It’s 1915 in the heat of WWI. Two friends heading to England aboard the British ocean liner, RMS Lusitania, meet and fall in love with a charismatic woman. After battling for her affection, Rachel Williams makes her decision, beginning a journey that no one can predict or soon forget. For the next thirty years, Rachel is forced to live with the choice she made, as the dominos fall around her, sequentially.
Set in America and Europe, history and fiction intertwine, commencing with the sinking of Lusitania. Historical events like The Russian Revolution, Prohibition, The Great Depression and World Wars I and II also play important roles in the lives of the characters and the decisions they make to love, betray, forgive, and reconcile.
The Bottom Line: A historical novel that documents notable early 20th century events through the eyes of a hotel heiress, including world war, celebrity kidnapping, women’s suffrage and prohibition.
Trevor C. D’Silva’s Fateful Decisions is the story of Rachel Johnson, the survivor of a submarine attack who proves to be instrumental in some of the 20th centuries’ most important social and economic developments.
In 1915, while World War I raged in Europe, Rachel unwittingly boards the RMS Lusitania, a British ocean liner that was famously sunk by a German U-Boat, an event that eventually led to the United States’ entry into World War I, and Germany’s defeat. But Fateful Decisions’ narrative doesn’t tread into the halls of world leaders. Instead, it wisely maintains sharp focus on Rachel, who begins to fall for fellow passenger Fred Johnson before the German torpedo ends their journey, and ironically, begins her new life.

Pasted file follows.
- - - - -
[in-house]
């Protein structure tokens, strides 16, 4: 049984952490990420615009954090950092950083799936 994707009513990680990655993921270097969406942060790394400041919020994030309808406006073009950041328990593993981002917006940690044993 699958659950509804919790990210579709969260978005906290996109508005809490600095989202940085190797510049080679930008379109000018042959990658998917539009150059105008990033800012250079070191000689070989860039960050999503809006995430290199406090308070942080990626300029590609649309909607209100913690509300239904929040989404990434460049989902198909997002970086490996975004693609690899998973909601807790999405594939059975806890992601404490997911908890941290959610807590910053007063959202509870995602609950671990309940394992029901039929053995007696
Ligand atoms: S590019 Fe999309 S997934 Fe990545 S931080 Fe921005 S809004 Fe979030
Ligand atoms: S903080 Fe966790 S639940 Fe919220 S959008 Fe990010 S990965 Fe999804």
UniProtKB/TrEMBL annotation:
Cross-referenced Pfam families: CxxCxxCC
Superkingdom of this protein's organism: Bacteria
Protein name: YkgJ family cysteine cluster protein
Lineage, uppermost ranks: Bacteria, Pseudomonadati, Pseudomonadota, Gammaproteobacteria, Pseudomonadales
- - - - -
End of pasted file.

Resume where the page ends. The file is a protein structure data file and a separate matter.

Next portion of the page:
The novel may begin as a love story aboard a ship destined for tragedy, but unlike Titanic, it doesn’t end there. Instead, it quickly becomes about the plight of a woman who finds herself among the most powerful females in American business. D’Silva uses Rachel as a vehicle through which we experience important American historical events from a female perspective, including prohibition, women’s suffrage and an event very close in narrative to the famous Lindberg baby kidnapping case. From that perspective, Fateful Decisions is an intriguing read for fans of historical fiction. D’Silva’s style is a straightforward one that is more reminiscent of an objective biographer than a fiction writer. There are no flashy allegories or landscape descriptions here. It’s also a quick read, with three decades of history packed into a novel that clocks in at an efficient 350 pages.